City Reserves and Long-term Funding Commitments

Why doesn’t the City use reserves to fund ongoing services?

Each year, the City hires an outside auditing firm to thoroughly evaluate the City’s finances. Based on the auditors’ work, the City releases an annual financial report called the Comprehensive Annual Financial Report (otherwise known as the “CAFR”) which shows all revenues, expenditures, assets, and liabilities for all City activities from the previous fiscal year. The most recent CAFR showed that the City’s net position improved by $25.9 million compared to the prior year (from $396.1 million to $422.0 million). Importantly, 79% of the City’s net financial position reflects the value of capital assets such as land, buildings, machinery and equipment. The City’s net position improved in the last year because funds were set aside for long-term City commitments such as improvements to roads, parks, libraries, water and sewer infrastructure; equipment replacement; and annual debt payments for bonds issued in the past.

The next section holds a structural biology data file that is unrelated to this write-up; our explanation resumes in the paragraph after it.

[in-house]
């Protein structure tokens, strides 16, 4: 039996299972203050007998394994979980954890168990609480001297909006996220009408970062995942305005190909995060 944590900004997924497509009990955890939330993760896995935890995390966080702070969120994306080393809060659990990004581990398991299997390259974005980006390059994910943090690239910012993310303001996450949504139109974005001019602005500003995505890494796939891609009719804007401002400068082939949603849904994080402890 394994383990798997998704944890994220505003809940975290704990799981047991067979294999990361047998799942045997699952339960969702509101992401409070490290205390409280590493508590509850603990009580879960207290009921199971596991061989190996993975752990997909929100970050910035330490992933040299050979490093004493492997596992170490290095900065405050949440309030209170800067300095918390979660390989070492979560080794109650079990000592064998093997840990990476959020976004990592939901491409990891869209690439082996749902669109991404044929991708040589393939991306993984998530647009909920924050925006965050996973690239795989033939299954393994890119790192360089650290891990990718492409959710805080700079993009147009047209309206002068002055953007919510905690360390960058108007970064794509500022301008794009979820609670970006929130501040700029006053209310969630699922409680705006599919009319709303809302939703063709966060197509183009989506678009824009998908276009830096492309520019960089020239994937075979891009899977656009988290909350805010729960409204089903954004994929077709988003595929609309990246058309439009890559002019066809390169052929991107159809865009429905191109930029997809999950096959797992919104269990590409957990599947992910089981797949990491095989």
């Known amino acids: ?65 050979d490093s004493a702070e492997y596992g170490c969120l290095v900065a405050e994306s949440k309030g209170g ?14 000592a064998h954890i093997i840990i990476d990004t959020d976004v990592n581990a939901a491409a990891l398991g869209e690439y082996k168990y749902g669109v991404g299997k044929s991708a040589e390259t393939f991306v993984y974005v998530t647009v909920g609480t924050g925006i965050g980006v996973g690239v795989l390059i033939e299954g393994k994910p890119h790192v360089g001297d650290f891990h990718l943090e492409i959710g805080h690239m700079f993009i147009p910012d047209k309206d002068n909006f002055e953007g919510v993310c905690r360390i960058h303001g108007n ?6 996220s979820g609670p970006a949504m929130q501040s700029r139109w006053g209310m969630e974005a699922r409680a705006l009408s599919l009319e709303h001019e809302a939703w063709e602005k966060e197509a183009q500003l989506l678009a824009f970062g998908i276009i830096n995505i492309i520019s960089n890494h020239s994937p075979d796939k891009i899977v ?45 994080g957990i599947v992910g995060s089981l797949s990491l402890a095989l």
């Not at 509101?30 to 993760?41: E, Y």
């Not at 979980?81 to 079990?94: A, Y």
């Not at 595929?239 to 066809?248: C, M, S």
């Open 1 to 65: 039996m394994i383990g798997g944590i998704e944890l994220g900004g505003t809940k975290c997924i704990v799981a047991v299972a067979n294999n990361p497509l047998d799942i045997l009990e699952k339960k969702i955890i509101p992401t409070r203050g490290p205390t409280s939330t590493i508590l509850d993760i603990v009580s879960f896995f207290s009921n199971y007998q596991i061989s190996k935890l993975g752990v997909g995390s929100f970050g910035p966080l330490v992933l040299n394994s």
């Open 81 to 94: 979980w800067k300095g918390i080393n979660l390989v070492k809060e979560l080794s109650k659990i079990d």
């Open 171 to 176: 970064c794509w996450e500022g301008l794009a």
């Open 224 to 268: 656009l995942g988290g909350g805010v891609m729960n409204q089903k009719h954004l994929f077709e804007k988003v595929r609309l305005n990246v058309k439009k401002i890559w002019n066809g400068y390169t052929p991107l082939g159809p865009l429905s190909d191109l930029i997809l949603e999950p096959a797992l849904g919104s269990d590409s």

Most of these funds are legally restricted for specific purposes, and cannot be used to pay operating expenses such as public safety, parks and recreation, and library services. This can be confusing, particularly as the City has identified challenges related to funding ongoing City services.

This blog seeks to explain why reserves and restricted funds set aside for future needs are not surplus funds available to pay for ongoing City services.

Long-Term and Legally Required Funding Commitments